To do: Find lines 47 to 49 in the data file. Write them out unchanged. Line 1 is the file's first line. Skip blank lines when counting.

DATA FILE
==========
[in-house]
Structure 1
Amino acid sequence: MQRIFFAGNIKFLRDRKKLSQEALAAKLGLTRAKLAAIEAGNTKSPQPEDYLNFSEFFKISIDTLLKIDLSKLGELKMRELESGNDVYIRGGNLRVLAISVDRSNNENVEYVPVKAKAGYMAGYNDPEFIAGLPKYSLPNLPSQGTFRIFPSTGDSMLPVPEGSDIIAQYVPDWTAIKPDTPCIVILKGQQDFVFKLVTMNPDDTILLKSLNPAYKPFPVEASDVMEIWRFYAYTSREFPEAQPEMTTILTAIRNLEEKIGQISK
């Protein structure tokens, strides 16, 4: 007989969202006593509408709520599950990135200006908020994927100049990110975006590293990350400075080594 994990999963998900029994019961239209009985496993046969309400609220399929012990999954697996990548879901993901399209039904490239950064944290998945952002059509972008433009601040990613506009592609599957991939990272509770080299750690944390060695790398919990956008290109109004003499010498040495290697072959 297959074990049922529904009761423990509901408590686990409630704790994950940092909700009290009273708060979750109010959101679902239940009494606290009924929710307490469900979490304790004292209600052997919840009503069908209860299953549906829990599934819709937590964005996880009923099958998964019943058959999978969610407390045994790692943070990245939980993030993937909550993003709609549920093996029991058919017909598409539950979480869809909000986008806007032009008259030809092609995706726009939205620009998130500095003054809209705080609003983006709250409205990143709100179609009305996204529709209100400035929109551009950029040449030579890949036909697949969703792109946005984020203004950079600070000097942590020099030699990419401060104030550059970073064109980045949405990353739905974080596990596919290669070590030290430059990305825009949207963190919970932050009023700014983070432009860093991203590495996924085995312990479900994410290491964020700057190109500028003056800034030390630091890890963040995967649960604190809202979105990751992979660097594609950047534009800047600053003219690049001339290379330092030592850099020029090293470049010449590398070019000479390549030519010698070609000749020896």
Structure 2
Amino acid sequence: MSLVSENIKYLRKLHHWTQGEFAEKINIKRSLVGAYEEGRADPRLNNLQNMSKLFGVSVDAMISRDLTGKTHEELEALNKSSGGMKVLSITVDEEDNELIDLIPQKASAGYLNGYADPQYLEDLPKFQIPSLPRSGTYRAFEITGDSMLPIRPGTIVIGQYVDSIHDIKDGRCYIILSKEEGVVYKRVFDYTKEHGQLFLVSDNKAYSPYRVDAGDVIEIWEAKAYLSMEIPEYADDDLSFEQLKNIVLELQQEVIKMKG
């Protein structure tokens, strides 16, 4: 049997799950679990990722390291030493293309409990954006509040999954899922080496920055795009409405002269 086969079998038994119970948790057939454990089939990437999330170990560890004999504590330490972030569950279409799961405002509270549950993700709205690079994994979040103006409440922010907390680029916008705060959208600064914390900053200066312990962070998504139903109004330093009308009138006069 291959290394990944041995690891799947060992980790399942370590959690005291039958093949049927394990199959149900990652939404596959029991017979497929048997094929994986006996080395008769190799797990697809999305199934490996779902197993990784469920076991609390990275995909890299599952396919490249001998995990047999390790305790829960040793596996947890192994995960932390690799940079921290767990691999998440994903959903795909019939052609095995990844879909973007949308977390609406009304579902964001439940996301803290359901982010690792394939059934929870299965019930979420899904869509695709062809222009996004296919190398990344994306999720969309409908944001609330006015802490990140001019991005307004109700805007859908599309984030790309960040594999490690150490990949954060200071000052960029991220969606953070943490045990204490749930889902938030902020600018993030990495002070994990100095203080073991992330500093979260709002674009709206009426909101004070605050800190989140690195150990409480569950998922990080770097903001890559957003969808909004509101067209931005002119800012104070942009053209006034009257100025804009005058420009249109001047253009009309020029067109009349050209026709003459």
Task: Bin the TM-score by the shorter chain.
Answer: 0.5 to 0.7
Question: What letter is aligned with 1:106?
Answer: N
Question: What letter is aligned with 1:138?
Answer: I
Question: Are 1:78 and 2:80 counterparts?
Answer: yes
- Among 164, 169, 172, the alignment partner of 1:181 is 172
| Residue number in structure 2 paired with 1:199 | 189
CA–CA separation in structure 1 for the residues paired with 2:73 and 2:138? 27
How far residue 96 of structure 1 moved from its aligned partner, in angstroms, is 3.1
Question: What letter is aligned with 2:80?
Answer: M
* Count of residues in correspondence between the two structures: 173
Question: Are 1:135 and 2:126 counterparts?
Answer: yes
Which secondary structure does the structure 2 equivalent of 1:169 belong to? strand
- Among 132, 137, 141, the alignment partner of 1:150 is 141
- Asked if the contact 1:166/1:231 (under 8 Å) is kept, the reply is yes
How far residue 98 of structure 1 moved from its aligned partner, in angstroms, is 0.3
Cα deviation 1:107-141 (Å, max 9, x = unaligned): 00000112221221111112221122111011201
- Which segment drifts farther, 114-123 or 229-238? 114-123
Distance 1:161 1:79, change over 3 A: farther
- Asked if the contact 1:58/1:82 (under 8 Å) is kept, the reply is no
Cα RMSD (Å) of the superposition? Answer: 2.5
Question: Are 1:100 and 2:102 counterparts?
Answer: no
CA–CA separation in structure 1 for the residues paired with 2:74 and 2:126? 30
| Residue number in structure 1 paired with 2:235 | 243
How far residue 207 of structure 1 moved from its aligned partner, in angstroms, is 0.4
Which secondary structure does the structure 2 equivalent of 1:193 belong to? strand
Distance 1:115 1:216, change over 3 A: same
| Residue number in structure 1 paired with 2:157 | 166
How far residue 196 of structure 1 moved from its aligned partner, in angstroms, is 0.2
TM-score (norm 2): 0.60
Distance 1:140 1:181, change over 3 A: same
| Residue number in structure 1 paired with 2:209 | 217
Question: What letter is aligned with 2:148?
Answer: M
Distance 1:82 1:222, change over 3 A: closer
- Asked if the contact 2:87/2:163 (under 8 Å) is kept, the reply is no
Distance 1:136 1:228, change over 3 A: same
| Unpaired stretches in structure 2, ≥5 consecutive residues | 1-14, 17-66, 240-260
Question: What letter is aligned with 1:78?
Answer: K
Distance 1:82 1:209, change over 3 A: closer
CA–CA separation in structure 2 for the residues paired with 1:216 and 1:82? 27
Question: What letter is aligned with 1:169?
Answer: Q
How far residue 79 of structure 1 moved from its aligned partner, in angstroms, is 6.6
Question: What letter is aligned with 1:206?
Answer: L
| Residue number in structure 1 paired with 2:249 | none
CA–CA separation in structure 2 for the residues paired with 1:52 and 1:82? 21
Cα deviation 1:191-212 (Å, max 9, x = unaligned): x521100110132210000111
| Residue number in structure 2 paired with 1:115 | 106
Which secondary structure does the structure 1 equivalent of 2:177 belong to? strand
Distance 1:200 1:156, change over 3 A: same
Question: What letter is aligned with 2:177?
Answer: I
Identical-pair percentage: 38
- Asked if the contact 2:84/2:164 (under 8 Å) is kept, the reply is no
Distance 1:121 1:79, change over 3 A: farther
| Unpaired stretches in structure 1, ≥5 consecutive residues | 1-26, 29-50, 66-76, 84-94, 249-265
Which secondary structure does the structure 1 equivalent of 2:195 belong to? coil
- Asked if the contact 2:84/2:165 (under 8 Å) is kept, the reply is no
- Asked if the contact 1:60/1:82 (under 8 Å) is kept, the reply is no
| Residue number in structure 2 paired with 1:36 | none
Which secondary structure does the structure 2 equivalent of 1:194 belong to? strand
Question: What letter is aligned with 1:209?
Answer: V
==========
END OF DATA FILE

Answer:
Answer: M
Distance 1:82 1:222, change over 3 A: closer
- Asked if the contact 2:87/2:163 (under 8 Å) is kept, the reply is no